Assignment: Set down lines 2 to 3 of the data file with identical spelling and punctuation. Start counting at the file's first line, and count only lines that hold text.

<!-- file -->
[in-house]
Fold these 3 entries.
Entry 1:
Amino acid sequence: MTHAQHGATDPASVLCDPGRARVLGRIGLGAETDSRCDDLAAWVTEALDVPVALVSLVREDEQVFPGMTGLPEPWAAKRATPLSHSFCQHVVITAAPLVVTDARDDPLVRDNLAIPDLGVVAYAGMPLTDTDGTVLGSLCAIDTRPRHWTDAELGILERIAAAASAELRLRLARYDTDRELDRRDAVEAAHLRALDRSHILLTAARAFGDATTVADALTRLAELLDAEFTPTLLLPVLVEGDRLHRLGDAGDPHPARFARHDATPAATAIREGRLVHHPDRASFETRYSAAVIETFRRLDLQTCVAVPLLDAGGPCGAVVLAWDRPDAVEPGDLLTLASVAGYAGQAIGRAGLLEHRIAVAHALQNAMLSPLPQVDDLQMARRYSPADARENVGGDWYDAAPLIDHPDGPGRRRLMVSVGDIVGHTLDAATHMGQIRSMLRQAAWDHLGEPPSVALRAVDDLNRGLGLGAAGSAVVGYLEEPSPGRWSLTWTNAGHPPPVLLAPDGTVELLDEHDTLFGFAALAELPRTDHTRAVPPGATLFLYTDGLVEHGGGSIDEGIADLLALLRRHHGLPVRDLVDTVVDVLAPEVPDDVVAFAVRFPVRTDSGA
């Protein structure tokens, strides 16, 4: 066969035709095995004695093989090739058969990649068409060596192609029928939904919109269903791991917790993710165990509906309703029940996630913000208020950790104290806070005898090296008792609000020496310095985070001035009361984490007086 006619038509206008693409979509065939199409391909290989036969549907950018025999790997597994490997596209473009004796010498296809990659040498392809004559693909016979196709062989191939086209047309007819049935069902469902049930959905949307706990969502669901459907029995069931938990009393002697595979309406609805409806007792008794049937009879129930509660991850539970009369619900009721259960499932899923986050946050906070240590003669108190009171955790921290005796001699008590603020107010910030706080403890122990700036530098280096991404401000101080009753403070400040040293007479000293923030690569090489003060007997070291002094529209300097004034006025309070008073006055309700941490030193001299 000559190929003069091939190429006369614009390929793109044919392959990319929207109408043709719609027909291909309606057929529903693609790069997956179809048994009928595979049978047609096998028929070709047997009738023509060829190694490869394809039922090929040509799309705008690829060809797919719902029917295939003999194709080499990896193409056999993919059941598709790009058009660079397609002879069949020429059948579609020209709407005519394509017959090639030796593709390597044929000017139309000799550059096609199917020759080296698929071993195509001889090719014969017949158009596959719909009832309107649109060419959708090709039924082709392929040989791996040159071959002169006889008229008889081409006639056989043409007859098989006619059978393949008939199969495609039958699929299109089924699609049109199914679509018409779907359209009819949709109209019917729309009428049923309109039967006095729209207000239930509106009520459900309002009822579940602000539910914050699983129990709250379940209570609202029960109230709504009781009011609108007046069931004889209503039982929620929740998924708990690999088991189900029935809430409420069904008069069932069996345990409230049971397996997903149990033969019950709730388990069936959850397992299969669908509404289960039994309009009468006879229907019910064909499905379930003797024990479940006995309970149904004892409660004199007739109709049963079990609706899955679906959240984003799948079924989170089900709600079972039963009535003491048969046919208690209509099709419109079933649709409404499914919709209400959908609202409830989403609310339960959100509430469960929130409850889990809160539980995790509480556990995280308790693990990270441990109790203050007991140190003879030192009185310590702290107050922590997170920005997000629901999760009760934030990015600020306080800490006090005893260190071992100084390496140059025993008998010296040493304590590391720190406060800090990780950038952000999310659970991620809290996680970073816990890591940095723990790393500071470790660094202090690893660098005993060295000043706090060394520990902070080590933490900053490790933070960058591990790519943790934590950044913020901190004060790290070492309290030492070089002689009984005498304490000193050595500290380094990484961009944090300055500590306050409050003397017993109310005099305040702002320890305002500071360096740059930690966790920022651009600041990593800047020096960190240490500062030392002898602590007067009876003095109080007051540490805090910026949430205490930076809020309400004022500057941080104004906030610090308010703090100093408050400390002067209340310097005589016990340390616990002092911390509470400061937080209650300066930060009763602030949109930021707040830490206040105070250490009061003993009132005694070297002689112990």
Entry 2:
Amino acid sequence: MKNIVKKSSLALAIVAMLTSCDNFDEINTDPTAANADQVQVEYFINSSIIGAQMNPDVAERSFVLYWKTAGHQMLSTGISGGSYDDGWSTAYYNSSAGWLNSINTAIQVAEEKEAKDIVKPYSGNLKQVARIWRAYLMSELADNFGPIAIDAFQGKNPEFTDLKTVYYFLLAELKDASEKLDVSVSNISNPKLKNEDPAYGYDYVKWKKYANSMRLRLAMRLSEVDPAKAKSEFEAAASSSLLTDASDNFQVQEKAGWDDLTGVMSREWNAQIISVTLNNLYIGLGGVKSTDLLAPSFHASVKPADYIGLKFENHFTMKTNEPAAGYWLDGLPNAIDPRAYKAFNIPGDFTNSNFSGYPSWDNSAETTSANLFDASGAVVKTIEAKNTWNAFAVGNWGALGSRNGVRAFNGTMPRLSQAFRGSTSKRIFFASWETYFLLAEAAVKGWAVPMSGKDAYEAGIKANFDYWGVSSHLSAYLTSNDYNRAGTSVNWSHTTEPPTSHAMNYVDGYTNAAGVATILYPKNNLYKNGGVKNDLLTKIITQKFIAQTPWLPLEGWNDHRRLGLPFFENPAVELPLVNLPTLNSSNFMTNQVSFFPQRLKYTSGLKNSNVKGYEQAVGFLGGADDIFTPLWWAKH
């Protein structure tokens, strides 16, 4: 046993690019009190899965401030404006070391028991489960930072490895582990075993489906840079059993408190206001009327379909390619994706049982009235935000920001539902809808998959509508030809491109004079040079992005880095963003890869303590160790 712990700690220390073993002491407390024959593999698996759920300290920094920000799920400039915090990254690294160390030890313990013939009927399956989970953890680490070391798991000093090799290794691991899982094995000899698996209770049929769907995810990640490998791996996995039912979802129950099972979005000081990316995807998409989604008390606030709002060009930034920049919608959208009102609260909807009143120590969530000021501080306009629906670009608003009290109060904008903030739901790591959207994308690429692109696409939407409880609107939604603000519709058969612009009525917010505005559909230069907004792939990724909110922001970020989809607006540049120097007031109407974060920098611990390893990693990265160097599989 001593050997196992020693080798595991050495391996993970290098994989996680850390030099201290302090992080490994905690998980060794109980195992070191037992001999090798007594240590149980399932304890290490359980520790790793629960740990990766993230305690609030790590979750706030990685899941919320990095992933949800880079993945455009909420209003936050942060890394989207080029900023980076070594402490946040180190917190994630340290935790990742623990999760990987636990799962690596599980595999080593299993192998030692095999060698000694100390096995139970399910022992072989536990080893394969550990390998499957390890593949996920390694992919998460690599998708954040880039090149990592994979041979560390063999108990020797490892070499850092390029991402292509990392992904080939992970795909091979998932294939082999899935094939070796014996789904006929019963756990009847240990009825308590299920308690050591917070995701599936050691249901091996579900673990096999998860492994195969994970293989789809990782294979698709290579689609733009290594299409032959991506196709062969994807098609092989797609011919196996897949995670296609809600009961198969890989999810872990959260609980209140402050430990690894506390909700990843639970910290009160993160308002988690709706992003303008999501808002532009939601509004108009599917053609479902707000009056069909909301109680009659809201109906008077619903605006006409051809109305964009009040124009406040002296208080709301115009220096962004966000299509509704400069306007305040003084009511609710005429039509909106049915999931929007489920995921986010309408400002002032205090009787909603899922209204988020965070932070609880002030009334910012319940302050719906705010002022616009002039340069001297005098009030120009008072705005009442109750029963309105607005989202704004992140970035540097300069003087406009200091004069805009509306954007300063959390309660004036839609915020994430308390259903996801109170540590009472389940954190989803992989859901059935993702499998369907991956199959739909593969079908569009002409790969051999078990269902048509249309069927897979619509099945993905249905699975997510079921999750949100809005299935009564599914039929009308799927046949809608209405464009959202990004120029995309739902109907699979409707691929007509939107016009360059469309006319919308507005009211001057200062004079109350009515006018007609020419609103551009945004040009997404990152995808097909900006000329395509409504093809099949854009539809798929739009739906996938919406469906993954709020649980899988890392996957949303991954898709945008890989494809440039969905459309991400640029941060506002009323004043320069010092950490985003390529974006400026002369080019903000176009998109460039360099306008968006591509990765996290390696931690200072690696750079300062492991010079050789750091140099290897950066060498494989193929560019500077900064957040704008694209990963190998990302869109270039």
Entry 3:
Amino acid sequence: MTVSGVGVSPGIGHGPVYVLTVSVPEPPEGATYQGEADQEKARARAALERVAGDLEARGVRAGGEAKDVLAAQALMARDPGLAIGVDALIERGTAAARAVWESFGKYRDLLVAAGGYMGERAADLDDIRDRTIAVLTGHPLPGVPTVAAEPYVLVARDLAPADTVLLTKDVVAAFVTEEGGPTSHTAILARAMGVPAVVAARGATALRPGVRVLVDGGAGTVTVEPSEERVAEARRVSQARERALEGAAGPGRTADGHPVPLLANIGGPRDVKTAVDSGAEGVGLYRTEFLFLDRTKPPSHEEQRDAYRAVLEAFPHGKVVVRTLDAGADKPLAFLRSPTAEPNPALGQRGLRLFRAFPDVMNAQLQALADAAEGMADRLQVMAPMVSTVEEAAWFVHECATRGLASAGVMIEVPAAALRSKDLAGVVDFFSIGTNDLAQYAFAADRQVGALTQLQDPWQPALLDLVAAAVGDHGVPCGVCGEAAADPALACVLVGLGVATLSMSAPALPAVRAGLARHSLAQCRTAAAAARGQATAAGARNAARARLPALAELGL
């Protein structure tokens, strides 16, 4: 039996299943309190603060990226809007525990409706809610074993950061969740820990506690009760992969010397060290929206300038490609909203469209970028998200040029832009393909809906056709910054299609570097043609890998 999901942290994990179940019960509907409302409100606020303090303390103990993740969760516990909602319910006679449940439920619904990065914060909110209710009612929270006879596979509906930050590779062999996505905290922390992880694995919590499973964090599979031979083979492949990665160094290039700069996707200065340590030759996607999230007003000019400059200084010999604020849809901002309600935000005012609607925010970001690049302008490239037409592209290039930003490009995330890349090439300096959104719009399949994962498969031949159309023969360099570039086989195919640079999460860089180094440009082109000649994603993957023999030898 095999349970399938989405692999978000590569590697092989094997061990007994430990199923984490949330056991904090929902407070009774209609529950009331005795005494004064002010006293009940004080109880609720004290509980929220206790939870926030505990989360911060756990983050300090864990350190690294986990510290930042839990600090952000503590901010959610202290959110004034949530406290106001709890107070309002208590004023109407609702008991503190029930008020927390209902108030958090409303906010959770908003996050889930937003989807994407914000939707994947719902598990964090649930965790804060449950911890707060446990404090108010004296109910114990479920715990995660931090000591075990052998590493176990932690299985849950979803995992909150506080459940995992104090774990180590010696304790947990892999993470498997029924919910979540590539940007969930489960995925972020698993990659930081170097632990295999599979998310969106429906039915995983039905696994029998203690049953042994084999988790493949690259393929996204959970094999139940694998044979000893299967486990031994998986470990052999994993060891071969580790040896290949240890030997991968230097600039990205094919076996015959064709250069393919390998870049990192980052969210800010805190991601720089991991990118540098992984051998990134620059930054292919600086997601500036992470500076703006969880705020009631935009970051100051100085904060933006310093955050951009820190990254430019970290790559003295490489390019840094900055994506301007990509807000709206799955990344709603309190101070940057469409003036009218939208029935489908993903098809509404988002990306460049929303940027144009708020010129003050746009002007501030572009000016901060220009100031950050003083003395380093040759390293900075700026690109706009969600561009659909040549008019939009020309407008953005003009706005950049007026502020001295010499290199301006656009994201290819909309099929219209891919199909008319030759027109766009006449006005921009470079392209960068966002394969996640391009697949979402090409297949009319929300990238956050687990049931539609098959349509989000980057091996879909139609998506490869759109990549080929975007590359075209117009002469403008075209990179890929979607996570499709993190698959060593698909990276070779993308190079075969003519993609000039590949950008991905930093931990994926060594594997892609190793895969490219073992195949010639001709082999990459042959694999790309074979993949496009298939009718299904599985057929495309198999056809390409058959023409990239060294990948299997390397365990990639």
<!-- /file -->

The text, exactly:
Fold these 3 entries.
Entry 1: